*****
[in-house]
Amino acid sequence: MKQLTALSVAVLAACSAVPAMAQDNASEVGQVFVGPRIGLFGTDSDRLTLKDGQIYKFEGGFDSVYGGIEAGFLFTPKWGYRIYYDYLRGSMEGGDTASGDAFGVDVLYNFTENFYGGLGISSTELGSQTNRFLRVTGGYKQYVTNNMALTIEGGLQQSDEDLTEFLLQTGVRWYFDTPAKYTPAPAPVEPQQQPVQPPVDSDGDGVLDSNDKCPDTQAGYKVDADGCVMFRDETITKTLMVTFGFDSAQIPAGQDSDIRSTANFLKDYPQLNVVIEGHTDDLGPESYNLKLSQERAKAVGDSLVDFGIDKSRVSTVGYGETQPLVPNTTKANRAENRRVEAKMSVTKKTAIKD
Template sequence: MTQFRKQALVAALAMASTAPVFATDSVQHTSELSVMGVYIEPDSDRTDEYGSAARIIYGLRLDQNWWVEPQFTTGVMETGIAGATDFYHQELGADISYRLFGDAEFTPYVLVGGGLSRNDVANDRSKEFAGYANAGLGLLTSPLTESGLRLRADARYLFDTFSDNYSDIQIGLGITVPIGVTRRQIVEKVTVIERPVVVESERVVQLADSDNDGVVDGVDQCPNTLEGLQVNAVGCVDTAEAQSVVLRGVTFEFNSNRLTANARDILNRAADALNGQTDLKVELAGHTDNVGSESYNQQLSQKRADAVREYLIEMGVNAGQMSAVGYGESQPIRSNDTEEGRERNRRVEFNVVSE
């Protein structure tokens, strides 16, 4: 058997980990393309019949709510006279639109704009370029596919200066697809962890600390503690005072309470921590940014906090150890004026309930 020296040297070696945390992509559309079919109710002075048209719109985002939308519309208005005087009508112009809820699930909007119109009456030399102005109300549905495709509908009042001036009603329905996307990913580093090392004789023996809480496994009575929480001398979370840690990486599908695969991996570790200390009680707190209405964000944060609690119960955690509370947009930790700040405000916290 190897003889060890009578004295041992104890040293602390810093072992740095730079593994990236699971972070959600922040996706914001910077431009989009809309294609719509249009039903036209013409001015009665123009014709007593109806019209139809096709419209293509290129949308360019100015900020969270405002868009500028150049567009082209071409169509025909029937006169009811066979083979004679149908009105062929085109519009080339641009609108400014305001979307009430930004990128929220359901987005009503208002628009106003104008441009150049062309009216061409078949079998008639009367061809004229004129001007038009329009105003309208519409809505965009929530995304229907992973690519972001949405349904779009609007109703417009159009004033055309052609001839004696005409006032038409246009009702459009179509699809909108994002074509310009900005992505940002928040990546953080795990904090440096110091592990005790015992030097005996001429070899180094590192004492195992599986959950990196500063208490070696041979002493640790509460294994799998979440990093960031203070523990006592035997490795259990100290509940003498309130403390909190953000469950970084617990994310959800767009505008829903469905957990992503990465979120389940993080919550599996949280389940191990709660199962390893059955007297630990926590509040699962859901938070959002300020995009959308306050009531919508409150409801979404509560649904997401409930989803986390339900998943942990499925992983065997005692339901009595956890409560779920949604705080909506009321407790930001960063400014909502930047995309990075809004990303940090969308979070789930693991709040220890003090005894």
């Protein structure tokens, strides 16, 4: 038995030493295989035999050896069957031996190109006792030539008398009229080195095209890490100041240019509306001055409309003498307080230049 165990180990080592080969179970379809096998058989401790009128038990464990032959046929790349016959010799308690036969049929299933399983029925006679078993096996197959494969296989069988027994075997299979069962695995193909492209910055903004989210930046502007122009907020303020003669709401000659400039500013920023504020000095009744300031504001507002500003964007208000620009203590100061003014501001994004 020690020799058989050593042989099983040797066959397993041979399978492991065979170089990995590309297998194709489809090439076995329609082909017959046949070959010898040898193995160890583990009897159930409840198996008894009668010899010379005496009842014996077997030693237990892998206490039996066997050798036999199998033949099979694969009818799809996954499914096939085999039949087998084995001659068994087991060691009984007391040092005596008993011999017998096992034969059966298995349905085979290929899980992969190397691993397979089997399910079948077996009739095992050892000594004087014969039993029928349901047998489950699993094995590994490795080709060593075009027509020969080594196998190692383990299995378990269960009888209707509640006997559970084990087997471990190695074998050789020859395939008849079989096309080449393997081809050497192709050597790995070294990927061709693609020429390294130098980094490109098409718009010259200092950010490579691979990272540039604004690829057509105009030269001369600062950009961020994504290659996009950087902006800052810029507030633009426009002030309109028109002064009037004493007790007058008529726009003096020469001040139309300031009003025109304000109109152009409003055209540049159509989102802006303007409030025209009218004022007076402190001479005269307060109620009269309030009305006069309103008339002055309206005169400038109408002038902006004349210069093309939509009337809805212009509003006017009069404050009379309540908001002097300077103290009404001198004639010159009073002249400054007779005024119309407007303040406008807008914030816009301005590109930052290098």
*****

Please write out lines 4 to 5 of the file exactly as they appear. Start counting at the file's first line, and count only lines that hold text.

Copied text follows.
């Protein structure tokens, strides 16, 4: 058997980990393309019949709510006279639109704009370029596919200066697809962890600390503690005072309470921590940014906090150890004026309930 020296040297070696945390992509559309079919109710002075048209719109985002939308519309208005005087009508112009809820699930909007119109009456030399102005109300549905495709509908009042001036009603329905996307990913580093090392004789023996809480496994009575929480001398979370840690990486599908695969991996570790200390009680707190209405964000944060609690119960955690509370947009930790700040405000916290 190897003889060890009578004295041992104890040293602390810093072992740095730079593994990236699971972070959600922040996706914001910077431009989009809309294609719509249009039903036209013409001015009665123009014709007593109806019209139809096709419209293509290129949308360019100015900020969270405002868009500028150049567009082209071409169509025909029937006169009811066979083979004679149908009105062929085109519009080339641009609108400014305001979307009430930004990128929220359901987005009503208002628009106003104008441009150049062309009216061409078949079998008639009367061809004229004129001007038009329009105003309208519409809505965009929530995304229907992973690519972001949405349904779009609007109703417009159009004033055309052609001839004696005409006032038409246009009702459009179509699809909108994002074509310009900005992505940002928040990546953080795990904090440096110091592990005790015992030097005996001429070899180094590192004492195992599986959950990196500063208490070696041979002493640790509460294994799998979440990093960031203070523990006592035997490795259990100290509940003498309130403390909190953000469950970084617990994310959800767009505008829903469905957990992503990465979120389940993080919550599996949280389940191990709660199962390893059955007297630990926590509040699962859901938070959002300020995009959308306050009531919508409150409801979404509560649904997401409930989803986390339900998943942990499925992983065997005692339901009595956890409560779920949604705080909506009321407790930001960063400014909502930047995309990075809004990303940090969308979070789930693991709040220890003090005894």
């Protein structure tokens, strides 16, 4: 038995030493295989035999050896069957031996190109006792030539008398009229080195095209890490100041240019509306001055409309003498307080230049 165990180990080592080969179970379809096998058989401790009128038990464990032959046929790349016959010799308690036969049929299933399983029925006679078993096996197959494969296989069988027994075997299979069962695995193909492209910055903004989210930046502007122009907020303020003669709401000659400039500013920023504020000095009744300031504001507002500003964007208000620009203590100061003014501001994004 020690020799058989050593042989099983040797066959397993041979399978492991065979170089990995590309297998194709489809090439076995329609082909017959046949070959010898040898193995160890583990009897159930409840198996008894009668010899010379005496009842014996077997030693237990892998206490039996066997050798036999199998033949099979694969009818799809996954499914096939085999039949087998084995001659068994087991060691009984007391040092005596008993011999017998096992034969059966298995349905085979290929899980992969190397691993397979089997399910079948077996009739095992050892000594004087014969039993029928349901047998489950699993094995590994490795080709060593075009027509020969080594196998190692383990299995378990269960009888209707509640006997559970084990087997471990190695074998050789020859395939008849079989096309080449393997081809050497192709050597790995070294990927061709693609020429390294130098980094490109098409718009010259200092950010490579691979990272540039604004690829057509105009030269001369600062950009961020994504290659996009950087902006800052810029507030633009426009002030309109028109002064009037004493007790007058008529726009003096020469001040139309300031009003025109304000109109152009409003055209540049159509989102802006303007409030025209009218004022007076402190001479005269307060109620009269309030009305006069309103008339002055309206005169400038109408002038902006004349210069093309939509009337809805212009509003006017009069404050009379309540908001002097300077103290009404001198004639010159009073002249400054007779005024119309407007303040406008807008914030816009301005590109930052290098």